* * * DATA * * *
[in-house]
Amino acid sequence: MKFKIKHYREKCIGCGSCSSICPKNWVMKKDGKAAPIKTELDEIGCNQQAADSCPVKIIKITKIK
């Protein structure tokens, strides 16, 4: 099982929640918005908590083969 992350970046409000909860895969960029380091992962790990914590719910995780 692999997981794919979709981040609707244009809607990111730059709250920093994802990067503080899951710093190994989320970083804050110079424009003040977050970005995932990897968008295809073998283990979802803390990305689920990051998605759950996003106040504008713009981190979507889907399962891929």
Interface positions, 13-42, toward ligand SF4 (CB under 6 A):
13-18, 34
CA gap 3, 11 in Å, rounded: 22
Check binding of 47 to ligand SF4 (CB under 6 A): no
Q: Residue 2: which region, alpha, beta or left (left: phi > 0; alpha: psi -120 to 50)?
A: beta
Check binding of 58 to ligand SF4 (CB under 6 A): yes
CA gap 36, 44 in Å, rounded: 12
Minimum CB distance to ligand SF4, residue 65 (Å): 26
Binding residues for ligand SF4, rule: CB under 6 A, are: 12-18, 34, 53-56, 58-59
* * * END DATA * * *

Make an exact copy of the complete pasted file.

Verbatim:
[in-house]
Amino acid sequence: MKFKIKHYREKCIGCGSCSSICPKNWVMKKDGKAAPIKTELDEIGCNQQAADSCPVKIIKITKIK
């Protein structure tokens, strides 16, 4: 099982929640918005908590083969 992350970046409000909860895969960029380091992962790990914590719910995780 692999997981794919979709981040609707244009809607990111730059709250920093994802990067503080899951710093190994989320970083804050110079424009003040977050970005995932990897968008295809073998283990979802803390990305689920990051998605759950996003106040504008713009981190979507889907399962891929």
Interface positions, 13-42, toward ligand SF4 (CB under 6 A):
13-18, 34
CA gap 3, 11 in Å, rounded: 22
Check binding of 47 to ligand SF4 (CB under 6 A): no
Q: Residue 2: which region, alpha, beta or left (left: phi > 0; alpha: psi -120 to 50)?
A: beta
Check binding of 58 to ligand SF4 (CB under 6 A): yes
CA gap 36, 44 in Å, rounded: 12
Minimum CB distance to ligand SF4, residue 65 (Å): 26
Binding residues for ligand SF4, rule: CB under 6 A, are: 12-18, 34, 53-56, 58-59